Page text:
Last night I watched as a very dear friend of mine that I have known for fifteen years broke down and cried. He said to his family ďI didnít mean no harmĒ. This man is a loving and kind man. He is a good husband, a good dad and a good provider for his family. However, he had invested in a business and it went bankrupt. He was heartbroken because he had taken all of the money that he and his wife had saved over the years and put it into the business. He was discouraged and depressed and he thought that his family would be angry with him and never forgive him.
In one of the most touching scenes I have ever been privileged to witness, his wife and children put their arms around him and said ďItís okayĒ. Just two words and yet those two words gave him hope that he was not a failure as a husband, a dad, and as a good provider for his family. His family gave him unconditional love just as Jesus gives to us. They didnít criticize him or accuse him; they simply loved him.
I think as Jesus was being tortured, abused, spat upon, cursed, mocked, ridiculed, criticized and crucified that He thought ďI didnít mean no harmĒ. All Jesus had ever done was to give His love to people and He was treated worse than any person has ever been or ever will be treated. He endured all of the shame, horror and heartache of the cross out of His heart of unconditional love for us.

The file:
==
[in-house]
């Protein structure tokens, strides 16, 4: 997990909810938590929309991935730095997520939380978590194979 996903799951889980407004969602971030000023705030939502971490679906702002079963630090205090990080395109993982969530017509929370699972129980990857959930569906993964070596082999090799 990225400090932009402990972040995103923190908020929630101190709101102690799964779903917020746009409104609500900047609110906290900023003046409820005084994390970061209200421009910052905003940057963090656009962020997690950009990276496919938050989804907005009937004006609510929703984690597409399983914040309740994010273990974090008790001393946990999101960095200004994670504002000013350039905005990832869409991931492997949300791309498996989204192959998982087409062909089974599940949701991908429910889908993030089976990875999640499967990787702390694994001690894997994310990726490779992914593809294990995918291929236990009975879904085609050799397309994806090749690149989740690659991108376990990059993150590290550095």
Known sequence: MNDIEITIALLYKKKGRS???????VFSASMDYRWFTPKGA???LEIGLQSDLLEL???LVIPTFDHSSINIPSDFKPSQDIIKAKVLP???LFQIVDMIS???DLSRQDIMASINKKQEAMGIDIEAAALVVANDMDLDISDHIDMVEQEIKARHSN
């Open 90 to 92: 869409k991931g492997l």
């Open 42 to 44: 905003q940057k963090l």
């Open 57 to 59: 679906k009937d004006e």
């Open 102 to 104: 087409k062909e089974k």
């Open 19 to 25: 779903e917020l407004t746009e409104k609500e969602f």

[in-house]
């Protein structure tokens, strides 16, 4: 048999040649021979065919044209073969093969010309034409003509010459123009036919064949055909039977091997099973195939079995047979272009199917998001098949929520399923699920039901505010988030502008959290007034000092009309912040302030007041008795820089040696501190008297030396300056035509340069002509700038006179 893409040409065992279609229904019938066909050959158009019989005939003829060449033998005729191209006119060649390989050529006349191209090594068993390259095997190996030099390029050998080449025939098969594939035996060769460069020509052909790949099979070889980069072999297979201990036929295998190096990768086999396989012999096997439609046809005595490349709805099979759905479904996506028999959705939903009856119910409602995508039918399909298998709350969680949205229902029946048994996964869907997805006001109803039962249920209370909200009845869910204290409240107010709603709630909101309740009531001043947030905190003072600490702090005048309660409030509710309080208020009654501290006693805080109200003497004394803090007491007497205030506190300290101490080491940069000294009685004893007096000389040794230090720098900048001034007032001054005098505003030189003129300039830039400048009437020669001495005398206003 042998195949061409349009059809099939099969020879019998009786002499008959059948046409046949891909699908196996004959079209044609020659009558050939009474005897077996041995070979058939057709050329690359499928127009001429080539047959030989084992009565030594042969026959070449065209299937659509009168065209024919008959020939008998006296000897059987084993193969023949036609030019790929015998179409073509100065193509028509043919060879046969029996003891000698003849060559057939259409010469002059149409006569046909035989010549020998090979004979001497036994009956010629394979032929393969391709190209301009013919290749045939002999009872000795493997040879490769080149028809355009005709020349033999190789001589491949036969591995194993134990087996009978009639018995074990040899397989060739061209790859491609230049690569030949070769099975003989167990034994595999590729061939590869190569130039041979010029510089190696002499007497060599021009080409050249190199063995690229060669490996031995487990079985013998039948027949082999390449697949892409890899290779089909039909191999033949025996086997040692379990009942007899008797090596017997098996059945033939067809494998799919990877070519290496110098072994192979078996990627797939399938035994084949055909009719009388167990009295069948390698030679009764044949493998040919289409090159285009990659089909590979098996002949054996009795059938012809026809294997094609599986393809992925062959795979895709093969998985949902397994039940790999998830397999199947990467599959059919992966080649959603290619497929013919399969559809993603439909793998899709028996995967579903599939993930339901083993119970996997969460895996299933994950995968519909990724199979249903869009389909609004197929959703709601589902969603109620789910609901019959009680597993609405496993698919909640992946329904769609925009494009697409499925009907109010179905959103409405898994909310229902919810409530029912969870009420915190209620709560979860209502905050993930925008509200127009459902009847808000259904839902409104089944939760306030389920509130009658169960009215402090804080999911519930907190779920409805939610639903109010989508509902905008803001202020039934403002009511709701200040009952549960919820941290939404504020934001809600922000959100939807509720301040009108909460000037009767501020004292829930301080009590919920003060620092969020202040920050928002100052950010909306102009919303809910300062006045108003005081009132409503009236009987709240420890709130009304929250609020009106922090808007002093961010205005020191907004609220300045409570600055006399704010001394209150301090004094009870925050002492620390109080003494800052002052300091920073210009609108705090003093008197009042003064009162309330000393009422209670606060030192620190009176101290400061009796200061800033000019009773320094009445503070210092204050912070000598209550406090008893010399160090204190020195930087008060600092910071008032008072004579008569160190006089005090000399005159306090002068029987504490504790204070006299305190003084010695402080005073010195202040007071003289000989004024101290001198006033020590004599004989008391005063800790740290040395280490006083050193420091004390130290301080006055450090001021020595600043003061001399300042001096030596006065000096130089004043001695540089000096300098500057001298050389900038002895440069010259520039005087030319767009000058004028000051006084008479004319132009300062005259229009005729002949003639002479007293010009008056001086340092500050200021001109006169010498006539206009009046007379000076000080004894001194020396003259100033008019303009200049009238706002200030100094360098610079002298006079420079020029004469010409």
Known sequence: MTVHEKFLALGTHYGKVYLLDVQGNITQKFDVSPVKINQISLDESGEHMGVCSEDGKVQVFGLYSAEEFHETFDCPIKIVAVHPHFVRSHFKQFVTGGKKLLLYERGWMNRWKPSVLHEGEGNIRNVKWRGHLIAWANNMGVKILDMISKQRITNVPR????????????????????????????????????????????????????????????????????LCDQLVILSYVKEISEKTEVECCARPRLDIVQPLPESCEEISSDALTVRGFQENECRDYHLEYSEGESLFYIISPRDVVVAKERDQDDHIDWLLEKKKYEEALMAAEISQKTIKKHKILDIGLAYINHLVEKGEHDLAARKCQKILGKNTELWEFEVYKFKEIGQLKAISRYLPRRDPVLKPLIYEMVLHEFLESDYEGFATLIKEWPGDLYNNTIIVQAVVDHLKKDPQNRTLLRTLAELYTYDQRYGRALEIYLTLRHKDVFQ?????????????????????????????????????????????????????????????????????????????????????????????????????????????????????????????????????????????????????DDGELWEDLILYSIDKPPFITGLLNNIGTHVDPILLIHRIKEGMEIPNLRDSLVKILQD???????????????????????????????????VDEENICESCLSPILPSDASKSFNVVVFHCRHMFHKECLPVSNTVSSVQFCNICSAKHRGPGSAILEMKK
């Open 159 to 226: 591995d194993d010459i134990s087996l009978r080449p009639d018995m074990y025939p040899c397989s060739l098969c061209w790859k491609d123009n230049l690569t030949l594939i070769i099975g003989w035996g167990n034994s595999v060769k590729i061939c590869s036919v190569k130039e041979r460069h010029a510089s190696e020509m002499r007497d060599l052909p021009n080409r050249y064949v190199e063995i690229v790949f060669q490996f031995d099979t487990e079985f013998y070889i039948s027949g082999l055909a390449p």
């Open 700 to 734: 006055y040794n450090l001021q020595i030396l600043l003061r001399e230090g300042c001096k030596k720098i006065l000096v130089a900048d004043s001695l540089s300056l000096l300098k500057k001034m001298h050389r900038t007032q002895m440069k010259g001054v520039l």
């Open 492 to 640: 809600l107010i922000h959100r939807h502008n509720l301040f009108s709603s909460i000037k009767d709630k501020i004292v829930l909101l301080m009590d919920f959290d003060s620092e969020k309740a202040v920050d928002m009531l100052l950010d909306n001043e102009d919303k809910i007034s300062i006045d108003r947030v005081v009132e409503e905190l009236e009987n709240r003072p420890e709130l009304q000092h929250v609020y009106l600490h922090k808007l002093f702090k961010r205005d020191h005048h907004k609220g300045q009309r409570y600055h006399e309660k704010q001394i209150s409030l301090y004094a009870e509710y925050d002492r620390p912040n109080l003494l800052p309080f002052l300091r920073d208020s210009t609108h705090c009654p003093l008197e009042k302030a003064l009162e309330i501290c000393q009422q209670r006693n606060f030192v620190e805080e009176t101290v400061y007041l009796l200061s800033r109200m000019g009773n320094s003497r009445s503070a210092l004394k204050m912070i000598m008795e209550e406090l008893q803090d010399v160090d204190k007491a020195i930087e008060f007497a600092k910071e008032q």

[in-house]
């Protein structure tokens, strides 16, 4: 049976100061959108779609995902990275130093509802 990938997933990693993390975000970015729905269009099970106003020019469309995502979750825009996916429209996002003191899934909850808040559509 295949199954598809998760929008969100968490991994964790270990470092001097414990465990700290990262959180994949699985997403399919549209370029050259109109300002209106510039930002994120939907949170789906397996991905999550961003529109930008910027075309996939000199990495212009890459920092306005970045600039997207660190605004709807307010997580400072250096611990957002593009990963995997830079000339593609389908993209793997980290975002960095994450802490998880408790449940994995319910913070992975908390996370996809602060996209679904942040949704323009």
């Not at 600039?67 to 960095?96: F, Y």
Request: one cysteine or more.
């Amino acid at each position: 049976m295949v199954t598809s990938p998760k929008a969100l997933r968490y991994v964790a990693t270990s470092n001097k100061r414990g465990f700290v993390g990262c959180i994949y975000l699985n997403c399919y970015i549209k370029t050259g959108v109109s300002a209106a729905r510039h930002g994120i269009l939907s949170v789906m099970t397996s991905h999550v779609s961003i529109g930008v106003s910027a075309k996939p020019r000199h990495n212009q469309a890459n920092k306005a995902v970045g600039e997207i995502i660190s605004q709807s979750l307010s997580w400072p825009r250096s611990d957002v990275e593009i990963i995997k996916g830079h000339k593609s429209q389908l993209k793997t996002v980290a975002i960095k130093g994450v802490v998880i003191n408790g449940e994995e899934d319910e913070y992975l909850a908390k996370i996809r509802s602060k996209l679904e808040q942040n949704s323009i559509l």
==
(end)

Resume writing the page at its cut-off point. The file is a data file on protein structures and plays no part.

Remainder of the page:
We have a loving and compassionate Saviour. He understands how we feel when somebody says unkind things to us or does something to hurt us because He has walked in our shoes and has experienced first hand the heartache of loneliness, criticism and ridicule. He longs to comfort and encourage us but we have to go to Him and allow Him to hold us close to His loving heart of compassion. There is no one who loves us like Jesus loves us. There is nobody else who can see into the depths of our hearts and know how much we hurt and how desperately we need somebody to care about us and love us. There is no greater friend than Jesus.
O that we would be like Jesus and give unconditional love to our families, our loved ones and to a world that is hurting, lonely, discouraged and depressed. When our families make unwise decisions, do we criticize them and hold it against them or do we say ďItís okayĒ? May we always pattern our lives and our hearts after the life and heart of Jesus. The next time someone hurts us and comes to us and asks us to forgive him or her, letís open our hearts to them and say ďItís okayĒ.
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